In June 2008, The Financial Accounting Standards Board (“FASB”) issued FASB Staff Position (“FSP”) EITF 03-6-1, “Determining Whether Instruments Granted in Share-Based Payment Transactions Are Participating Securities.” FSP EITF 03-6-1 provides that unvested share-based payment awards that contain non-forfeitable rights to dividends or dividend equivalents (whether paid or unpaid) are participating securities and shall be included in the computation of earnings per share pursuant to the two-class method. FSP EITF 03-6-1 is effective for fiscal years beginning after December 15, 2008, and interim periods within those years. Upon adoption, a company is required to retrospectively adjust its earnings per share data (including any amounts related to interim periods, summaries of earnings and selected financial data) to conform to the provisions of FSP EITF 03-6-1. We are currently evaluating the impact of FSP EITF 03-6-1, but do not expect the adoption of this pronouncement to have a material impact on our earnings per share.
     In May 2009, the FASB issued SFAS No. 165, Subsequent Events (“SFAS No. 165”). This Statement establishes general standards of accounting for and disclosures of events that occur after the balance sheet date but before financial statements are issued or are available to be issued. It requires the disclosure of the date through which an entity has evaluated subsequent events and the basis for that date. This Statement is effective for interim and annual periods ending after June 15, 2009 and as such, we will adopt SFAS No. 165 concurrent with our report filed for the interim period ending June 30, 2009. We do not anticipate that the adoption of SFAS No. 165 will have a material impact on our results of operations, cash flows or financial condition.
     In March 2008, the FASB issued SFAS No. 161, “Disclosures about Derivative Instruments and Hedging Activities” (“SFAS No. 161”), which amends the disclosure requirements of SFAS No. 133. SFAS No. 161 provides an enhanced understanding about how and why derivative instruments are used, how they are accounted for and their effect on an entity’s financial condition, performance and cash flows. SFAS No. 161, which was effective for the first interim period beginning after November 15, 2008, requires additional disclosure in future filings. We adopted SFAS No. 161 concurrent with our report filed for the period ended March 31, 2009.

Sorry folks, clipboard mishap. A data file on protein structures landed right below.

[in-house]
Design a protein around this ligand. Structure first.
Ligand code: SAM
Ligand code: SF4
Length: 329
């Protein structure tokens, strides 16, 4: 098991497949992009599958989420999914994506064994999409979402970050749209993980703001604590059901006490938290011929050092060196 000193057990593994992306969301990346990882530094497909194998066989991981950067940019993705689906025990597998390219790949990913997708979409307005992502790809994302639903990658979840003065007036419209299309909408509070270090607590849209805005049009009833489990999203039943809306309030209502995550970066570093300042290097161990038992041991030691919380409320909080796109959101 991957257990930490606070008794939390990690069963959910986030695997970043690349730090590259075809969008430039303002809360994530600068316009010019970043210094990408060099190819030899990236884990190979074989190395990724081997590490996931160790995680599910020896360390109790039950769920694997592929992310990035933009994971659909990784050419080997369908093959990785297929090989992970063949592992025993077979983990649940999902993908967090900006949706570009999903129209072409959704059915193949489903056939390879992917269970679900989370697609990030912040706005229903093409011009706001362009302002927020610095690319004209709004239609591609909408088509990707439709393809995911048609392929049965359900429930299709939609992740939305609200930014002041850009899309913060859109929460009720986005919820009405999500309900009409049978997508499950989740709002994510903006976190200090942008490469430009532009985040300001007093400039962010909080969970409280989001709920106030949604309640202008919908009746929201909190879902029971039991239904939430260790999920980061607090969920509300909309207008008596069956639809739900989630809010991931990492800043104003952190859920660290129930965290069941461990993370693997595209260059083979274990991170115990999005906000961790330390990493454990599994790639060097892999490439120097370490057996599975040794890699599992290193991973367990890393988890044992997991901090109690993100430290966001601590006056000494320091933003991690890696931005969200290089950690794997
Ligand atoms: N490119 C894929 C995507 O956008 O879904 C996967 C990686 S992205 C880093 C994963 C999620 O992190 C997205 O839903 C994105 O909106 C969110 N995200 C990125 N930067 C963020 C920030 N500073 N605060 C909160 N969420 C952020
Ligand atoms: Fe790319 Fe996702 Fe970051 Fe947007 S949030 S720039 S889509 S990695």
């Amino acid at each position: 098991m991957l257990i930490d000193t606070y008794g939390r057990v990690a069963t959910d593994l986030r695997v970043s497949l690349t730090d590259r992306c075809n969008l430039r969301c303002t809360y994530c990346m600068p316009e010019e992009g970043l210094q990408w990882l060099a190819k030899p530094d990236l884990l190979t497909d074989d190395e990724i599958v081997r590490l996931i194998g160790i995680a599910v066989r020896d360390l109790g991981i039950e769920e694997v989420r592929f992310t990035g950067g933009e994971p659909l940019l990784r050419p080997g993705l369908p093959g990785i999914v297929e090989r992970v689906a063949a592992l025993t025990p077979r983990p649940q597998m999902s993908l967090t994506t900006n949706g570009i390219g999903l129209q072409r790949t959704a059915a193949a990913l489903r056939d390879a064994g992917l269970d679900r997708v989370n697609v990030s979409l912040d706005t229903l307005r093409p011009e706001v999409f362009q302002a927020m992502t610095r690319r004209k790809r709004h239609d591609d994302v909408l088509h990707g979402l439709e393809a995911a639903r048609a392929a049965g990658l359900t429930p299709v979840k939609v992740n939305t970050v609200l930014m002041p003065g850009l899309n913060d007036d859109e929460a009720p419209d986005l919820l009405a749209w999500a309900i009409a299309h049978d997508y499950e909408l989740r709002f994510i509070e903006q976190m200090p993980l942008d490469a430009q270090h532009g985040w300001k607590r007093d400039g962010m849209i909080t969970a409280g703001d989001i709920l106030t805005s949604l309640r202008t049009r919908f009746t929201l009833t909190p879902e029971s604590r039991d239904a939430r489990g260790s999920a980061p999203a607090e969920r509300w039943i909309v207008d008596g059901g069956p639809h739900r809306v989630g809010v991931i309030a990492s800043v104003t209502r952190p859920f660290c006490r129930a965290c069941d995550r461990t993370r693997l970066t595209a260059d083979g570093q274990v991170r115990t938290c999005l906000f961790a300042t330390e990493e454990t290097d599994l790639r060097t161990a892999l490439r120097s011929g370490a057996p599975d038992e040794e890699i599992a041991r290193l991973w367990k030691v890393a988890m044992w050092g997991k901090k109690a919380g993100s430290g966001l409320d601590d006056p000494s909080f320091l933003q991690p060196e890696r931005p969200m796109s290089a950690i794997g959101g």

In October 2008, the FASB issued FSP FAS No. 157-3, “Determining the Fair Value of a Financial Asset When the Market for That Asset Is Not Active” (“FSP FAS No. 157-3”), to provide guidance on determining the fair value of financial instruments in inactive markets. FSP FAS No. 157-3 became

35


 

effective for us. The adoption of this standard had no impact our results of operations, cash flows or financial condition.
     In June 2008, the FASB’s Emerging Issues Task Force reached a consensus regarding EITF Issue No. 07-5, “Determining Whether an Instrument (or Embedded Feature) Is Indexed to an Entity’s Own Stock” (“EITF 07-5”). EITF 07-5 outlines a two-step approach to evaluate the instrument’s contingent exercise provisions, if any, and to evaluate the instrument’s settlement provisions when determining whether an equity-linked financial instrument (or embedded feature) is indexed to an entity’s own stock. EITF 07-5 is effective for fiscal years beginning after December 15, 2008 and must be applied to outstanding instruments as of the beginning of the fiscal year of adoption as a cumulative-effect adjustment to the opening balance of retained earnings. Early adoption is not permitted. We do not anticipate that the adoption of EITF 07-5 will have a material impact on our results of operations, cash flows or financial condition.
     On May 9, 2008, the FASB issued FSP No. APB 14-1, “Accounting for Convertible Debt Instruments That May Be Settled in Cash upon Conversion (Including Partial Cash Settlement)” (“FSP No. APB 14-1”). We do not anticipate that the adoption of FSP No. APB 14-1 will have a material impact on our results of operations, cash flows or financial condition.